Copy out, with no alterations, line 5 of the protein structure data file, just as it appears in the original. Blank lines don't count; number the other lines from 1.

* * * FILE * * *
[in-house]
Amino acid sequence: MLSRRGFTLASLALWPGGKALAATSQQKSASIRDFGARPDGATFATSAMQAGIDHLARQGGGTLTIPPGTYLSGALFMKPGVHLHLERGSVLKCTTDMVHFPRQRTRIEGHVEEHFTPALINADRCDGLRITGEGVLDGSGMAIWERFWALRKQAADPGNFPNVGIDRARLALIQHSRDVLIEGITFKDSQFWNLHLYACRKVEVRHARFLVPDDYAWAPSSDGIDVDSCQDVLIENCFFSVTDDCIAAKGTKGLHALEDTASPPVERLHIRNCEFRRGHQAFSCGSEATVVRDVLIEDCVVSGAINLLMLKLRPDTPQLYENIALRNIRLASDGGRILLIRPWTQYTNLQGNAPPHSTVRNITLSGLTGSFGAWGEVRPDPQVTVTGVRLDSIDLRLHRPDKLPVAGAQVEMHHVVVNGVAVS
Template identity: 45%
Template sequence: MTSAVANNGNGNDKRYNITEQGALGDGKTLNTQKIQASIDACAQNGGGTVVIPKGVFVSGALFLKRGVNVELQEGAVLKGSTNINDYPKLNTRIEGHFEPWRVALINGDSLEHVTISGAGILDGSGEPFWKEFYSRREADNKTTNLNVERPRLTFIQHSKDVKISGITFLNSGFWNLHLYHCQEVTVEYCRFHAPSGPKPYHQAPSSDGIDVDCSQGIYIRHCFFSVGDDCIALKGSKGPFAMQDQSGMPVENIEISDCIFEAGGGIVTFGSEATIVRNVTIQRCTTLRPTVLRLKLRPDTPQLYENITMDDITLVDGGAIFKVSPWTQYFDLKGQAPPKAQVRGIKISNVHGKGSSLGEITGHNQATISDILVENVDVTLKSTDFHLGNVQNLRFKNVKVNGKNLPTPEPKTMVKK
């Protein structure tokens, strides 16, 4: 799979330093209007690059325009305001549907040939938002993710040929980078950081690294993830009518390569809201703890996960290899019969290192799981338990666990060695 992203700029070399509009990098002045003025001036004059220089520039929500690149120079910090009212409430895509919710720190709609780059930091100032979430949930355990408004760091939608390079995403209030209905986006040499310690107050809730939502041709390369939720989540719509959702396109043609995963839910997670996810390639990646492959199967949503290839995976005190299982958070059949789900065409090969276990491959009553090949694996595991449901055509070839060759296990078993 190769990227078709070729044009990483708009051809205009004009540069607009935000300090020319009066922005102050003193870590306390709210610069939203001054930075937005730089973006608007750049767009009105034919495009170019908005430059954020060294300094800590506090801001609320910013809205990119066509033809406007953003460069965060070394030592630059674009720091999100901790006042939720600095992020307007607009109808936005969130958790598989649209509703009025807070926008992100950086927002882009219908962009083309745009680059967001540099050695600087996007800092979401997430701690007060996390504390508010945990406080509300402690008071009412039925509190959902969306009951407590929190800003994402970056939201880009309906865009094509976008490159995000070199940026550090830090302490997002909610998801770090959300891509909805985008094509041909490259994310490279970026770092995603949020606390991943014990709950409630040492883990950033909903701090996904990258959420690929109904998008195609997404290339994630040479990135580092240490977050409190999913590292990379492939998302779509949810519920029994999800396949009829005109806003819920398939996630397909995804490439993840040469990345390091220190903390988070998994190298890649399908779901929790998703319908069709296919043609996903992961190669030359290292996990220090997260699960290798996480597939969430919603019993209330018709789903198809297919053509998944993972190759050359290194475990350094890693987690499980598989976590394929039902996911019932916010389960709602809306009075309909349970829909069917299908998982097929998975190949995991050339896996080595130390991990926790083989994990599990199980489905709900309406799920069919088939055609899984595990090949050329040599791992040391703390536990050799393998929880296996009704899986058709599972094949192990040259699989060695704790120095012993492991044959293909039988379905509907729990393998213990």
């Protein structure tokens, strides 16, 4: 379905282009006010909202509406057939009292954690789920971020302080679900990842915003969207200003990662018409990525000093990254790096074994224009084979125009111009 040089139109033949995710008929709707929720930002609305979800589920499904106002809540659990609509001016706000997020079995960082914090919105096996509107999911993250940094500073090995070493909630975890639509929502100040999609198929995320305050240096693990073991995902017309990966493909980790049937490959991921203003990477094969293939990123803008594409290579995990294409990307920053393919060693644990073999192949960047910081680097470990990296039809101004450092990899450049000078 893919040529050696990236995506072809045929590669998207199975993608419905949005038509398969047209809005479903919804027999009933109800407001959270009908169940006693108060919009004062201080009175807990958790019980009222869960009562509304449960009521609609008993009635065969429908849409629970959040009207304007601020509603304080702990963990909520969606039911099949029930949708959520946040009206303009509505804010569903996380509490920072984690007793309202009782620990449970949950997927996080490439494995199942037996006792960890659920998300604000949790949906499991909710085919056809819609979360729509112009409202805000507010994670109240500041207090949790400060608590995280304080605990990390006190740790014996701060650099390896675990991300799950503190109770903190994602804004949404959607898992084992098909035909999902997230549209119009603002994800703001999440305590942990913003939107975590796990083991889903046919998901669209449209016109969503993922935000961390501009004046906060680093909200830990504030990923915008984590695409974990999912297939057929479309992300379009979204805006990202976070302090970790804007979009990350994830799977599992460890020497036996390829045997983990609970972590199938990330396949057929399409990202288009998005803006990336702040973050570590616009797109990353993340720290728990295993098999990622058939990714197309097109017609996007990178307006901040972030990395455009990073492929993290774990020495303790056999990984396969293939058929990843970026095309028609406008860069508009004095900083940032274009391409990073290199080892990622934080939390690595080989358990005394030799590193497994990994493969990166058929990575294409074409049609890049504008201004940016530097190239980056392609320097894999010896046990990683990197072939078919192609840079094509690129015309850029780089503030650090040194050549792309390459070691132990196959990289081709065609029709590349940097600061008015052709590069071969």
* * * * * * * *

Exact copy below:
């Protein structure tokens, strides 16, 4: 799979330093209007690059325009305001549907040939938002993710040929980078950081690294993830009518390569809201703890996960290899019969290192799981338990666990060695 992203700029070399509009990098002045003025001036004059220089520039929500690149120079910090009212409430895509919710720190709609780059930091100032979430949930355990408004760091939608390079995403209030209905986006040499310690107050809730939502041709390369939720989540719509959702396109043609995963839910997670996810390639990646492959199967949503290839995976005190299982958070059949789900065409090969276990491959009553090949694996595991449901055509070839060759296990078993 190769990227078709070729044009990483708009051809205009004009540069607009935000300090020319009066922005102050003193870590306390709210610069939203001054930075937005730089973006608007750049767009009105034919495009170019908005430059954020060294300094800590506090801001609320910013809205990119066509033809406007953003460069965060070394030592630059674009720091999100901790006042939720600095992020307007607009109808936005969130958790598989649209509703009025807070926008992100950086927002882009219908962009083309745009680059967001540099050695600087996007800092979401997430701690007060996390504390508010945990406080509300402690008071009412039925509190959902969306009951407590929190800003994402970056939201880009309906865009094509976008490159995000070199940026550090830090302490997002909610998801770090959300891509909805985008094509041909490259994310490279970026770092995603949020606390991943014990709950409630040492883990950033909903701090996904990258959420690929109904998008195609997404290339994630040479990135580092240490977050409190999913590292990379492939998302779509949810519920029994999800396949009829005109806003819920398939996630397909995804490439993840040469990345390091220190903390988070998994190298890649399908779901929790998703319908069709296919043609996903992961190669030359290292996990220090997260699960290798996480597939969430919603019993209330018709789903198809297919053509998944993972190759050359290194475990350094890693987690499980598989976590394929039902996911019932916010389960709602809306009075309909349970829909069917299908998982097929998975190949995991050339896996080595130390991990926790083989994990599990199980489905709900309406799920069919088939055609899984595990090949050329040599791992040391703390536990050799393998929880296996009704899986058709599972094949192990040259699989060695704790120095012993492991044959293909039988379905509907729990393998213990």